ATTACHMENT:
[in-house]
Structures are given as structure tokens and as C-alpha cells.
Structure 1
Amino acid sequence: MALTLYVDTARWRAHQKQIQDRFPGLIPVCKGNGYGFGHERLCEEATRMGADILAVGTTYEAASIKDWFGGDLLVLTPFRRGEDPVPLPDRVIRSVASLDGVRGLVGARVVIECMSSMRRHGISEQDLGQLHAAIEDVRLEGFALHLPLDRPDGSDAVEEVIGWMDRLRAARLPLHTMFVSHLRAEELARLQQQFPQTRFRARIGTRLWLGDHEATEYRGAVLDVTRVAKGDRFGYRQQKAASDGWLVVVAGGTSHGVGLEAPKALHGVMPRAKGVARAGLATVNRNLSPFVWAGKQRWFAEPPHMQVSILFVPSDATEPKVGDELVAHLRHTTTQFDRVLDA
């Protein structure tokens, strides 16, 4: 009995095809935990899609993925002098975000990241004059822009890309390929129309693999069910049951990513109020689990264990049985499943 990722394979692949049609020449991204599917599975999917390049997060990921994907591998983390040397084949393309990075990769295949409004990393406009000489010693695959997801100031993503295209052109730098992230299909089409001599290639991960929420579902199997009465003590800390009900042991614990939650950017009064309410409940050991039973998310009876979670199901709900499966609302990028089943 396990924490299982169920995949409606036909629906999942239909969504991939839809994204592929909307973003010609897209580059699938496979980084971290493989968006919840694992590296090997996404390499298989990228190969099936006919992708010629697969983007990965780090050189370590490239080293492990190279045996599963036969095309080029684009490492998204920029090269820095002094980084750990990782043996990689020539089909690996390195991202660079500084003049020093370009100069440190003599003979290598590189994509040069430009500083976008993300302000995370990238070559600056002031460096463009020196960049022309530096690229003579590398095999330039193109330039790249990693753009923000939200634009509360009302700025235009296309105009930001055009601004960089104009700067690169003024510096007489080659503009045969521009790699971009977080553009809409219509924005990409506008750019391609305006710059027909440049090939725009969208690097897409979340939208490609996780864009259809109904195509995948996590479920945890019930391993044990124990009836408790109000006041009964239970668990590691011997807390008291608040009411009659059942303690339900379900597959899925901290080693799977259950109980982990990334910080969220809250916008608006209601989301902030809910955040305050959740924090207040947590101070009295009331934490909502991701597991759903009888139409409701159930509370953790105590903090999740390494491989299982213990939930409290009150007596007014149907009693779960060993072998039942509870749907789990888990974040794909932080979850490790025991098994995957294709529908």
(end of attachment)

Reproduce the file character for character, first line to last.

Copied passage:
[in-house]
Structures are given as structure tokens and as C-alpha cells.
Structure 1
Amino acid sequence: MALTLYVDTARWRAHQKQIQDRFPGLIPVCKGNGYGFGHERLCEEATRMGADILAVGTTYEAASIKDWFGGDLLVLTPFRRGEDPVPLPDRVIRSVASLDGVRGLVGARVVIECMSSMRRHGISEQDLGQLHAAIEDVRLEGFALHLPLDRPDGSDAVEEVIGWMDRLRAARLPLHTMFVSHLRAEELARLQQQFPQTRFRARIGTRLWLGDHEATEYRGAVLDVTRVAKGDRFGYRQQKAASDGWLVVVAGGTSHGVGLEAPKALHGVMPRAKGVARAGLATVNRNLSPFVWAGKQRWFAEPPHMQVSILFVPSDATEPKVGDELVAHLRHTTTQFDRVLDA
């Protein structure tokens, strides 16, 4: 009995095809935990899609993925002098975000990241004059822009890309390929129309693999069910049951990513109020689990264990049985499943 990722394979692949049609020449991204599917599975999917390049997060990921994907591998983390040397084949393309990075990769295949409004990393406009000489010693695959997801100031993503295209052109730098992230299909089409001599290639991960929420579902199997009465003590800390009900042991614990939650950017009064309410409940050991039973998310009876979670199901709900499966609302990028089943 396990924490299982169920995949409606036909629906999942239909969504991939839809994204592929909307973003010609897209580059699938496979980084971290493989968006919840694992590296090997996404390499298989990228190969099936006919992708010629697969983007990965780090050189370590490239080293492990190279045996599963036969095309080029684009490492998204920029090269820095002094980084750990990782043996990689020539089909690996390195991202660079500084003049020093370009100069440190003599003979290598590189994509040069430009500083976008993300302000995370990238070559600056002031460096463009020196960049022309530096690229003579590398095999330039193109330039790249990693753009923000939200634009509360009302700025235009296309105009930001055009601004960089104009700067690169003024510096007489080659503009045969521009790699971009977080553009809409219509924005990409506008750019391609305006710059027909440049090939725009969208690097897409979340939208490609996780864009259809109904195509995948996590479920945890019930391993044990124990009836408790109000006041009964239970668990590691011997807390008291608040009411009659059942303690339900379900597959899925901290080693799977259950109980982990990334910080969220809250916008608006209601989301902030809910955040305050959740924090207040947590101070009295009331934490909502991701597991759903009888139409409701159930509370953790105590903090999740390494491989299982213990939930409290009150007596007014149907009693779960060993072998039942509870749907789990888990974040794909932080979850490790025991098994995957294709529908």